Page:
When the White Sox hired Hall of Fame manager Tony La Russa last October after he had been out of the dugout for nearly a decade, there was great skepticism. Early in his first season back, those critics' concerns have proved to be well-founded.
In recent weeks, La Russa has admitted to mishandling his pitching staff and making other poor in-game decisions. On Wednesday afternoon in Cincinnati, La Russa acknowledged he didn't know an aspect of the rulebook in a 1-0 loss to the Reds in 10 innings.
In a scoreless game entering the top of the 10th inning, La Russa sent White Sox closer Liam Hendriks out to be the designated runner at second base, as part of the new rule implemented in 2020 designed to speed up extra innings. Hendriks had entered the game in place of left fielder Andrew Vaughn as part of a double switch with two outs in the bottom of the ninth, and he secured that final out to send the game to extras.
Under this extra-innings rule, the designated runner is the player in the batting order immediately preceding the new half-inning’s leadoff hitter. In this case, that was Hendriks, who was in the No. 5 slot in the lineup as No. 6 hitter Yasmani Grandal led off the 10th. But there's one loophole in the rule, as it stipulates that "if the player in the batting order immediately preceding that half-inning’s leadoff hitter is the pitcher, the runner placed on second base at the start of that half-inning may be the player preceding the pitcher in the batting order," according to the Associated Press.
La Russa was unaware of that, which would've allowed first baseman Jose Abreu to run rather than Hendriks. Upon having a reporter read this specific extra-innings rule to him after the game, La Russa said he would review it.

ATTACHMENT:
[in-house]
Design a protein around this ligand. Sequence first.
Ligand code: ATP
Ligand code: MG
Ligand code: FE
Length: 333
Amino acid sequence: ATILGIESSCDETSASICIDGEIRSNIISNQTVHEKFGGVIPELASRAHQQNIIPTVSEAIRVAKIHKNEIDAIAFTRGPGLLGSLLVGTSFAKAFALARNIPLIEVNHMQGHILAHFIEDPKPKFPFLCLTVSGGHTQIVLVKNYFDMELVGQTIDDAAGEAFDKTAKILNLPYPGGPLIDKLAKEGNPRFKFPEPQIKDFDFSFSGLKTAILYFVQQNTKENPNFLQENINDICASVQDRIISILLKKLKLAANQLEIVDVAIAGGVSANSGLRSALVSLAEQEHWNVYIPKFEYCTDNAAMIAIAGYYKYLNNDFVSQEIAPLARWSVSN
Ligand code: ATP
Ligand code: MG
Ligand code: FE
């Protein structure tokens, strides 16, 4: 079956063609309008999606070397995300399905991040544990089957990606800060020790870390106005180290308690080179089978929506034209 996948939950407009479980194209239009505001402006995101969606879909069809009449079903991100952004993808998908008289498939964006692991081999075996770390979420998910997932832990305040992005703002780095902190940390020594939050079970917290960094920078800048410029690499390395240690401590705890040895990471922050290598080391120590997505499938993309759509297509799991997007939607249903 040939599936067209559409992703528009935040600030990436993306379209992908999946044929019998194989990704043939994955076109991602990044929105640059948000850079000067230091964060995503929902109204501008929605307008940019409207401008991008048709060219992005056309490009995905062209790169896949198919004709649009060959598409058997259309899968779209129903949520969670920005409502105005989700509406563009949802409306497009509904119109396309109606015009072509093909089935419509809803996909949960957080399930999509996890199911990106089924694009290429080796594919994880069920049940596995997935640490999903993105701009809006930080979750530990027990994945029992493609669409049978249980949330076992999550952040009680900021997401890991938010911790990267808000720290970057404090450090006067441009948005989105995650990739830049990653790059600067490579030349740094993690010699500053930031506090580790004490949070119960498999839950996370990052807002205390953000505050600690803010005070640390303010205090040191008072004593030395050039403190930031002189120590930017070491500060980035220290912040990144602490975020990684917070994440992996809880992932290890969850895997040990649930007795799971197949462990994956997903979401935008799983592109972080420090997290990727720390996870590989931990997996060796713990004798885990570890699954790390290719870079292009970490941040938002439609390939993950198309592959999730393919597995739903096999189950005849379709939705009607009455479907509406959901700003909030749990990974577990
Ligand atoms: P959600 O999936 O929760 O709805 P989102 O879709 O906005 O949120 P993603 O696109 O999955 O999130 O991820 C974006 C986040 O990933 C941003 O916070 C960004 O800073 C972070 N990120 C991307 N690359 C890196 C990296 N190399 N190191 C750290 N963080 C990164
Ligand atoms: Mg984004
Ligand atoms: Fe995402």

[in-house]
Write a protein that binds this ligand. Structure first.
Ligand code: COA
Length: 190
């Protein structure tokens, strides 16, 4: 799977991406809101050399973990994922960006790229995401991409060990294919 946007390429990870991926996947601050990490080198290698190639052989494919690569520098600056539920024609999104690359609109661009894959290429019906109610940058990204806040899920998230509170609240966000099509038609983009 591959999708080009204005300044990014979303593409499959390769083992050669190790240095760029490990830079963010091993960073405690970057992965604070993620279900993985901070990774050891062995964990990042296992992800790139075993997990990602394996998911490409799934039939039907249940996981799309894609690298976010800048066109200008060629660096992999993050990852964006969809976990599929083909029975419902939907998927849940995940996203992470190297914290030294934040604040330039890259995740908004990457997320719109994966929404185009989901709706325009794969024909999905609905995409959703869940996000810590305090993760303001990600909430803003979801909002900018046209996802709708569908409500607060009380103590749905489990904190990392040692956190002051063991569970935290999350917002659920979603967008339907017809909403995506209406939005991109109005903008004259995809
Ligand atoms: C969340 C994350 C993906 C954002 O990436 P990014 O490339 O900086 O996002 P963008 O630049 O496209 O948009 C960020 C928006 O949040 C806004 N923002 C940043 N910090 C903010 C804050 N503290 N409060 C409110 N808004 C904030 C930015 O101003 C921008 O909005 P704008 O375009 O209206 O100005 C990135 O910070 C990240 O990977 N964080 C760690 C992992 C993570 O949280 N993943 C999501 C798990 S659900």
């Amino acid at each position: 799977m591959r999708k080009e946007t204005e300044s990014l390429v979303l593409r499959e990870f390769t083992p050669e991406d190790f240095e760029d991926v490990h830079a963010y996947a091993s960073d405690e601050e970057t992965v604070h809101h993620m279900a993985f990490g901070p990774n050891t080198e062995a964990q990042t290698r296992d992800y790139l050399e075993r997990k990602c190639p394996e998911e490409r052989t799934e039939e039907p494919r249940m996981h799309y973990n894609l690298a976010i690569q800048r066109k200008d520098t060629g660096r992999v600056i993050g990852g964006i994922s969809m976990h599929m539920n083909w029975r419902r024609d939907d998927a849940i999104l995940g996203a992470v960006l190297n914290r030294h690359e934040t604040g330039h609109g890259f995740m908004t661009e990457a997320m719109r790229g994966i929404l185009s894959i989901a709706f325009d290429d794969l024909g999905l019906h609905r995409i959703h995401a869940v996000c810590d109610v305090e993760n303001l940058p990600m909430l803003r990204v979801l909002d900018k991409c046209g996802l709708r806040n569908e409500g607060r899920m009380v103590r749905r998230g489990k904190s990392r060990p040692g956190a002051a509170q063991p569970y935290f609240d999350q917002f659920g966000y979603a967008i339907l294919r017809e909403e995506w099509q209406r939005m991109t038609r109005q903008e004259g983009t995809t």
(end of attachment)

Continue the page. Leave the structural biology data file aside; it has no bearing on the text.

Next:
"I'm guessing you know the rules better," La Russa said. "Now I know."
The top of the 10th then proved to be costly for the White Sox. With one out and runners at first and third, White Sox outfielder Leury Garcia was caught attempting to steal second base as the trail runner. Reds catcher Tucker Barnhart was unconcerned about throwing down to second as the closer Hendriks was on third. Hendriks wasn't instructed to attempt to score if Barnhart threw to second.
Making Garcia's steal attempt more perplexing was that La Russa had allowed speedy center fielder Billy Hamilton to hit in the situation. The chances of Hamilton hitting into a double player were minimal. Hamilton ended up striking out for the third out of the inning.
"Well, he can run, they're playing the infield in, we wanted to be aggressive and they threw him out," La Russa said of the decision to send Garcia.
Asked if he regretted the decision, La Russa replied, "No."
Letting the light-hitting Hamilton bat in the first place was another decision up for debate, as a fly ball likely would've gotten Hendriks home. La Russa and the White Sox went into the 10th inning with options off the bench in the form of right fielder Adam Eaton, infielder Danny Mendick and catcher Zack Collins.
Reds left fielder Jesse Winker delivered a game-winning single in the bottom of the 10th inning, knocking the White Sox a half-game out of first place in the AL Central at the time of the loss.
Chris Emma covers the Bears, Chicago’s sports scene and more for 670TheScore.com. Follow him on Twitter @CEmma670.